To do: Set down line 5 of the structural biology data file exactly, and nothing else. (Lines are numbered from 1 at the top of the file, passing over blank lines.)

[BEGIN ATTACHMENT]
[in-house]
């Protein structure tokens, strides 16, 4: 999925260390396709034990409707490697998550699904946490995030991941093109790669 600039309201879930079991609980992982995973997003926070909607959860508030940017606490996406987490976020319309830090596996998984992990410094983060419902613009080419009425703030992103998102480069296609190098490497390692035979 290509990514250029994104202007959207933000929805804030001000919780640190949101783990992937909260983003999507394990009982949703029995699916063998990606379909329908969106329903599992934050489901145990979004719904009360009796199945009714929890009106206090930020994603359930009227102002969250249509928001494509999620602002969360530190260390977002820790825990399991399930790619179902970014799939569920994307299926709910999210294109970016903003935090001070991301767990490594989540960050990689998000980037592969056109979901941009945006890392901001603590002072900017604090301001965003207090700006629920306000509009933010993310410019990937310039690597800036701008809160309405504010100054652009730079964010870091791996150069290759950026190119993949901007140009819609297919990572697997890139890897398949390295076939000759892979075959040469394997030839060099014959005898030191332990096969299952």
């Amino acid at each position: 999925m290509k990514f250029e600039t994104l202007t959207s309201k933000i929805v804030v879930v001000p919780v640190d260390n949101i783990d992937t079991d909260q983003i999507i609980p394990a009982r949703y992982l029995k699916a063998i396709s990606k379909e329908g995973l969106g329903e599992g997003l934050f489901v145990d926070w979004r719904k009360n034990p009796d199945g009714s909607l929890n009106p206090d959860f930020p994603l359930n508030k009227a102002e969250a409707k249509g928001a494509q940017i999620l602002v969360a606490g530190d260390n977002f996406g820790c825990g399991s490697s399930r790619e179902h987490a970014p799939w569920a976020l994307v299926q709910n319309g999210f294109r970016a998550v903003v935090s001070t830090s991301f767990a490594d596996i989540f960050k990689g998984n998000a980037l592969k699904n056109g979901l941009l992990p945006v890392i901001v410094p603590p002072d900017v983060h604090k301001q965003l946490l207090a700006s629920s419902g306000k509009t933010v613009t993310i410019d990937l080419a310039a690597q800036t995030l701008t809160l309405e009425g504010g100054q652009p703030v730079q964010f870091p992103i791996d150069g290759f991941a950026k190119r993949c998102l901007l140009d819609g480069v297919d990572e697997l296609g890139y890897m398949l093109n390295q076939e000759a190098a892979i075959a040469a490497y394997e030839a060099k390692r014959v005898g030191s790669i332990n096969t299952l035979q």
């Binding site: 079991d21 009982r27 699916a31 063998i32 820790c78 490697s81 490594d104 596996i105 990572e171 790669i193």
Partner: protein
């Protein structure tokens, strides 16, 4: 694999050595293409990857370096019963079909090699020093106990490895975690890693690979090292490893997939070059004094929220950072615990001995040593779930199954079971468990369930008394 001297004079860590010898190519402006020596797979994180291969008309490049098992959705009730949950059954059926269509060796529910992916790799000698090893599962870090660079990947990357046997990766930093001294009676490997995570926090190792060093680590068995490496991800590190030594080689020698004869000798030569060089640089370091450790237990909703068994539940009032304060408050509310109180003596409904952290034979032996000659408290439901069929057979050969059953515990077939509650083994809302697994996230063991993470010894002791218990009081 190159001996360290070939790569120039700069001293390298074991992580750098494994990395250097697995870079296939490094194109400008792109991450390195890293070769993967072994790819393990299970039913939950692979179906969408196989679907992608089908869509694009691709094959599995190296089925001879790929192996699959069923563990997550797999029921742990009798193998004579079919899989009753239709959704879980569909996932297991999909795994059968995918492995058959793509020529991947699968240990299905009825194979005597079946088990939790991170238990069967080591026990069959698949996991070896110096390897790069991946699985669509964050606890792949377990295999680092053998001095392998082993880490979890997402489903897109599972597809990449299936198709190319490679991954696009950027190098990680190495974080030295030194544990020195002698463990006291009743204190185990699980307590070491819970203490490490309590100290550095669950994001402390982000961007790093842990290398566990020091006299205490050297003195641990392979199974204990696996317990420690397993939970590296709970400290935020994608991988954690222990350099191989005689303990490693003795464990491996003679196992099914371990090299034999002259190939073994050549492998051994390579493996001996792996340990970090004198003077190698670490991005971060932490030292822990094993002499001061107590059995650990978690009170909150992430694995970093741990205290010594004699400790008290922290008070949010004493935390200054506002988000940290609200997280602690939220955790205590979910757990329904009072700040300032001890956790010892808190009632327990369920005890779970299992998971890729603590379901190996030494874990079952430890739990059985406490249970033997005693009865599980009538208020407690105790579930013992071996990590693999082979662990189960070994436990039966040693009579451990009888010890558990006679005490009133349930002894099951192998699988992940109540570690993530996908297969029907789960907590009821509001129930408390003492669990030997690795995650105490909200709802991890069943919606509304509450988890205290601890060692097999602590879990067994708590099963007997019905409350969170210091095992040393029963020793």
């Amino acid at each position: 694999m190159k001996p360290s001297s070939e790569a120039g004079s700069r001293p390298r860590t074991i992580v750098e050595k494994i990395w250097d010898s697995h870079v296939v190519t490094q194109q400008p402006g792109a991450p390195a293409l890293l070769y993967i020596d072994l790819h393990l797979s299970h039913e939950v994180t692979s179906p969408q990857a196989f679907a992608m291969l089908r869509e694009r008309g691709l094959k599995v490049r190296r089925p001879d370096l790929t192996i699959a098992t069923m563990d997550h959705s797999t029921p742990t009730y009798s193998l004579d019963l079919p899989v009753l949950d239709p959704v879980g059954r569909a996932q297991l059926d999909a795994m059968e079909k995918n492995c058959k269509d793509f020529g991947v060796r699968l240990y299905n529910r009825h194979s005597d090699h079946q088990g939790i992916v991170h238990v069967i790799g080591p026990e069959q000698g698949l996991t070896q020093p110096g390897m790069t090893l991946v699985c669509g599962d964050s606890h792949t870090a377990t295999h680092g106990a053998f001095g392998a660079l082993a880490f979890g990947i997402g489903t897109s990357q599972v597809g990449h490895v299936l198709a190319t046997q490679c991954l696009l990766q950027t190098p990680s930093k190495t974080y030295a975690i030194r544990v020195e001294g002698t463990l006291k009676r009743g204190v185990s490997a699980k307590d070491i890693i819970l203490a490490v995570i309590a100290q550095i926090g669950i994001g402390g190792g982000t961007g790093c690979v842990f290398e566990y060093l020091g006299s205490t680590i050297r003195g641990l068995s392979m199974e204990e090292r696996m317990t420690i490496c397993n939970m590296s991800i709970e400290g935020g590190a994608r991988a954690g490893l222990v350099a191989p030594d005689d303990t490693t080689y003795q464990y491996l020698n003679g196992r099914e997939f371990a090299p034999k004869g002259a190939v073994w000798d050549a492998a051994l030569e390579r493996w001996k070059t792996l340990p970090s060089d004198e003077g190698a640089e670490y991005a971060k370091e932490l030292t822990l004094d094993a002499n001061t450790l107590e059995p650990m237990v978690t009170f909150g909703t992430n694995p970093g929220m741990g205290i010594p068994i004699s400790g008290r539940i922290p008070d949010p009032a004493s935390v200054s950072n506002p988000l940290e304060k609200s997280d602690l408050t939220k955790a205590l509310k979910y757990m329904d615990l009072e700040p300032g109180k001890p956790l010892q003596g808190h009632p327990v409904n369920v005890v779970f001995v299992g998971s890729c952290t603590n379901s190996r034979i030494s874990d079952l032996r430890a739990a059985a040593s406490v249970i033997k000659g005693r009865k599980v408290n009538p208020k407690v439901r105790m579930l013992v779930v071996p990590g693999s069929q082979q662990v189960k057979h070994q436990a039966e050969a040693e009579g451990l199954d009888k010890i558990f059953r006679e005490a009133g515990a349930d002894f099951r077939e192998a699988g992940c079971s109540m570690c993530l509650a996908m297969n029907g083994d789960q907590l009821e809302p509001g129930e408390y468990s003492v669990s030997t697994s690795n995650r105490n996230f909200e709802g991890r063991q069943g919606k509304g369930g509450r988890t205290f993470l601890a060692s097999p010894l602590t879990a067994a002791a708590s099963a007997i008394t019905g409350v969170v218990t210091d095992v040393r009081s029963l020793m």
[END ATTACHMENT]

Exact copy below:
Partner: protein